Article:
Ramey v. Lumpkin, 18-70034

CourtUnited States Courts of Appeals. United States Court of Appeals (5th Circuit)
Citation7 F.4th 271
Docket NumberNo. 18-70034,18-70034
Parties Ker'sean Olajuwa RAMEY, Petitioner—Appellant, v. Bobby LUMPKIN, Director, Texas Department of Criminal Justice, Correctional Institutions Division, Respondent—Appellee.
Decision Date29 July 2021

7 F.4th 271

Ker'sean Olajuwa RAMEY, Petitioner—Appellant,
Bobby LUMPKIN, Director, Texas Department of Criminal Justice, Correctional Institutions Division, Respondent—Appellee.

No. 18-70034

United States Court of Appeals, Fifth Circuit.

FILED July 29, 2021

Ronald A. McIntire, Alisha C. Burgin, Catherine Del Prete, Perkins Coie, L.L.P., Los Angeles, CA, David R. Dow, University of Houston Law Center, Houston, TX, for Petitioner-Appellant.

Natalie Deyo Thompson, Office of the Attorney General, Office of the Solicitor General, Austin, TX, Travis Golden Bragg, Assistant Attorney General, Office of the Attorney General, Criminal Appeals Division, Austin, TX, for Respondent-Appellee.

Before Smith, Higginson, and Duncan, Circuit Judges.

Stephen A. Higginson, Circuit Judge:

A Texas jury found Ker'sean Olajuwa Ramey guilty of capital murder and imposed the death penalty for his role in the murders of Celso Lopez, Tiffani Peacock, and Sam Roberts. Ramey challenged his conviction and sentence both on direct appeal and through state habeas proceedings, but the Texas courts denied his requests for relief. The United States District Court for the Southern District of Texas again rejected Ramey's claims for relief and his request for a certificate of appealability ("COA"). This court granted Ramey's application for a COA on two issues: (1) whether Ramey's trial was tainted by the exclusion of black jurors (the " Batson Claim"), and (2) whether trial counsel rendered unconstitutionally ineffective assistance before trial and during the guilt phase of trial by failing to conduct an adequate investigation (the " Strickland Claim"). Ramey v. Davis , 942 F.3d 241, 246 (5th Cir. 2019). For the reasons articulated herein, we AFFIRM the district court's denial of Ramey's habeas petition.



Other courts have detailed the facts of this case, see Ramey v. Davis , 314 F. Supp. 3d 785 (S.D. Tex. 2018) ; Ramey v. State , No. AP-75, 2009 WL 335276 (Tex. Crim. App. Feb. 11, 2009), but we repeat the critical ones here for completeness.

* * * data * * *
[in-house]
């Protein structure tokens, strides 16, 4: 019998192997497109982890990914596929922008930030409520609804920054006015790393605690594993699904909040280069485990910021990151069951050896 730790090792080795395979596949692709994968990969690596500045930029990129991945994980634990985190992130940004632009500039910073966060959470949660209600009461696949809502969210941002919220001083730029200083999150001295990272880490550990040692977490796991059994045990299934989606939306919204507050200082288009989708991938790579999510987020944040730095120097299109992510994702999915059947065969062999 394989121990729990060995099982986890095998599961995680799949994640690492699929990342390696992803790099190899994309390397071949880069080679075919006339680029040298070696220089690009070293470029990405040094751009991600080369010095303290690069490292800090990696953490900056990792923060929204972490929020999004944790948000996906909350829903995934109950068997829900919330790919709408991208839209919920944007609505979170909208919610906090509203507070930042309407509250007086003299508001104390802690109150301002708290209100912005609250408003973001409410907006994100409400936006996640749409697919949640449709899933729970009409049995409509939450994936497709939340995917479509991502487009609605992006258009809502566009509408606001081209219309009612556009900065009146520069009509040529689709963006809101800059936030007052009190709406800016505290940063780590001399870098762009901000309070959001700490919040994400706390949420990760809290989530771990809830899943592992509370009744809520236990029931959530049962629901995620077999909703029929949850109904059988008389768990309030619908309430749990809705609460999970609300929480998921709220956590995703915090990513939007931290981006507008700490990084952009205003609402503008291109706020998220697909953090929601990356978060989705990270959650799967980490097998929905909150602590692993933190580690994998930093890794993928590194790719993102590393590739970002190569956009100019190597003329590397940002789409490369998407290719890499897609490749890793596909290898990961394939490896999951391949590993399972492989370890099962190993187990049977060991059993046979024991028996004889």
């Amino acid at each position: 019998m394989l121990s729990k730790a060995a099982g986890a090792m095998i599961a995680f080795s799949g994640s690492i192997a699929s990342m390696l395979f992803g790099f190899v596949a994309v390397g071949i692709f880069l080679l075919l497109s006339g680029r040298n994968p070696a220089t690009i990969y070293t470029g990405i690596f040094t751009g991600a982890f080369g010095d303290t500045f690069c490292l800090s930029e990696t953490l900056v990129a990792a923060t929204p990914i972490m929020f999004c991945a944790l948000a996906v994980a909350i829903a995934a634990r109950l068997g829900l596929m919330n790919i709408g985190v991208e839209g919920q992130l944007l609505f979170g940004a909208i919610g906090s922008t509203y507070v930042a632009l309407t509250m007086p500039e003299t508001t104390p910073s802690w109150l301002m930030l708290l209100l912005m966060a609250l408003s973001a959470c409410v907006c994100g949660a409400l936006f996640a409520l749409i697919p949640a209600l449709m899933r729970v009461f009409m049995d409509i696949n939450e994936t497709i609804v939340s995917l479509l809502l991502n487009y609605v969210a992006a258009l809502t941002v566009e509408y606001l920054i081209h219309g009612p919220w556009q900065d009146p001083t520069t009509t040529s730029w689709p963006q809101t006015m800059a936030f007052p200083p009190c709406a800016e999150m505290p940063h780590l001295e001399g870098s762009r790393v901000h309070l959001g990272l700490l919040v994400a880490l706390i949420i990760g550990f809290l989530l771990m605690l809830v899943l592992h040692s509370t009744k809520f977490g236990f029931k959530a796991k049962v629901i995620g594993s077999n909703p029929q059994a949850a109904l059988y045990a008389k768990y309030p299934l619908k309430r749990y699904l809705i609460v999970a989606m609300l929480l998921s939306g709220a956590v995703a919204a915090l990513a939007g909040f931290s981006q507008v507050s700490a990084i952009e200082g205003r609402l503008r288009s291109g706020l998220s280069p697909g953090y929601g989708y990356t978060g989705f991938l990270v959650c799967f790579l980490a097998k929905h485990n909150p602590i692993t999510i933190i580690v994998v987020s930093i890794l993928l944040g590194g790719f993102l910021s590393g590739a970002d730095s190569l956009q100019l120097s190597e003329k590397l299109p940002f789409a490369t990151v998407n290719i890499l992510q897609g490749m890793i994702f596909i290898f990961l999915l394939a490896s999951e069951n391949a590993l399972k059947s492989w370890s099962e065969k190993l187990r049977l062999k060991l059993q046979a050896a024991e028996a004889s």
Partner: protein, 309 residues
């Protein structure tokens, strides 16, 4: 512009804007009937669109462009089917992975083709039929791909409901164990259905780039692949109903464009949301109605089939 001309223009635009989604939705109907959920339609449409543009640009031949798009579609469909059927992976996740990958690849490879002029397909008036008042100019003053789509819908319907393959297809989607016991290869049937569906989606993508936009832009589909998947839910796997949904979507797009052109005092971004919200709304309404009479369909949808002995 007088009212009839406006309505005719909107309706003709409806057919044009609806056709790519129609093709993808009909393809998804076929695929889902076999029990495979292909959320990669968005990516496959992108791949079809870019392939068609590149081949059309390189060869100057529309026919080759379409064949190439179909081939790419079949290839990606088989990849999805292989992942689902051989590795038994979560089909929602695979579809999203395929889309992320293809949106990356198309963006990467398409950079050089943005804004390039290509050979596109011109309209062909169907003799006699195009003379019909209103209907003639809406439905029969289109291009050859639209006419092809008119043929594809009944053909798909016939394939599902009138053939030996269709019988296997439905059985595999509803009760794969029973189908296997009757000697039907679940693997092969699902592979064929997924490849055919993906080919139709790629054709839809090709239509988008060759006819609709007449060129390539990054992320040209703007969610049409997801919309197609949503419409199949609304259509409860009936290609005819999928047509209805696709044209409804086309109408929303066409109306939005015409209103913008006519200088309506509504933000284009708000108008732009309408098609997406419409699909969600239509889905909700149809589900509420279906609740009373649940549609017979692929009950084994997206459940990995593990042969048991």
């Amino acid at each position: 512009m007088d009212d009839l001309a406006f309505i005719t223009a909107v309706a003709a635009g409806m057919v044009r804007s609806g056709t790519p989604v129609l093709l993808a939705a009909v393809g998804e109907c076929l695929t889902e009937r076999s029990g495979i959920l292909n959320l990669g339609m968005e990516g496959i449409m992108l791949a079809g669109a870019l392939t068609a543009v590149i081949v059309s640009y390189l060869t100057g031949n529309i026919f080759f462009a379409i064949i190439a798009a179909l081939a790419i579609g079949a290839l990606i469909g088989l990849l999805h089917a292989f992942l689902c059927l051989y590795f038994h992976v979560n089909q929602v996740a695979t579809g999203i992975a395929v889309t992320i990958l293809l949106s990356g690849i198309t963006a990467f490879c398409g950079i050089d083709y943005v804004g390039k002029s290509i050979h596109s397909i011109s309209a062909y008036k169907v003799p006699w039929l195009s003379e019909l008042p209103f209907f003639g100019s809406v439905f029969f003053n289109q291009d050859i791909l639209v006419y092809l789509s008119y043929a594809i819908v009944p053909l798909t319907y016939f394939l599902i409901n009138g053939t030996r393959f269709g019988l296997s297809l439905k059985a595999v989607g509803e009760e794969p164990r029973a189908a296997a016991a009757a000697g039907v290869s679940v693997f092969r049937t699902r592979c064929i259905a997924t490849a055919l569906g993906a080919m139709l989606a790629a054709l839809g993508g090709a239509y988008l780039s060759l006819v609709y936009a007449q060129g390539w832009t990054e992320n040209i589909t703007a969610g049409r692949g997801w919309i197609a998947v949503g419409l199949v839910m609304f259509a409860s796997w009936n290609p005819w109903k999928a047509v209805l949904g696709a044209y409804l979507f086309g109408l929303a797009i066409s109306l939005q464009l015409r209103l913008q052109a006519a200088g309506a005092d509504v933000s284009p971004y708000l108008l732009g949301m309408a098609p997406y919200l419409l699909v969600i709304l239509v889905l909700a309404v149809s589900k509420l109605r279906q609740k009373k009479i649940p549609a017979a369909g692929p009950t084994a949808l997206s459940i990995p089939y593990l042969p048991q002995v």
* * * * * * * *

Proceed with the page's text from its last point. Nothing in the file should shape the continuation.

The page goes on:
On August 25, 2005, the bodies of Celso Lopez, Tiffani Peacock, and Sam Roberts were found at Roberts's home. They each

7 F.4th 275

had been shot multiple times. The Texas Department of Public Safety Crime Unit ("DPS") collected fingerprints and other items from the scene. This physical evidence yielded no immediate suspects.

In November 2005, investigators received an anonymous tip implicating Ramey, LeJames Norman,1 and two others in the crime. Investigators interrogated Ramey on December 12, 2005, at a Texas detention center where he was being held on unrelated charges. Ramey did not confess to the crimes and was arrested for capital murder.

At trial, the State presented testimony from numerous witnesses. The trial evidence showed that, a few days before the shooting, Ramey and others broke into the home of a neighbor, Kenneth Nairn, to steal weapons. The group stole approximately 25 guns and ammunition.

Norman testified that, soon after the Nairn burglary, he and Ramey decided to rob the home of his neighbor, Sam Roberts, because Norman believed that Roberts had at least a kilogram of cocaine at his residence. In preparation for the robbery, Norman testified that Ramey agreed to carry a short-barrel Harrington & Richardson .22 revolver, and Norman agreed to carry a long-barrel Rohm Gesellschaft .22 revolver. Both weapons originated from the Nairn burglary.

Norman testified that, on the day of the triple homicide, Norman and Ramey entered Roberts's apartment and they fatally shot Celso Lopez, Tiffani Peacock, and Sam Roberts—with Ramey shooting Roberts twice and Lopez once, and Norman shooting Lopez once, Peacock once, and Roberts three times. The pair fled back to Norman's house, which was across the street. Upon realizing they had left a police scanner at the crime scene, Ramey returned to retrieve it. According to Norman, while inside the house, Ramey shot Peacock once and shot Lopez three times. The State's ballistic expert gave testimony consistent with Norman's account, testifying that a Harrington & Richardson revolver was used to shoot Roberts twice, Lopez three times, and Peacock once, while a Rohm Gesellschaft revolver was used to shoot Roberts three times, Lopez once, and Peacock once.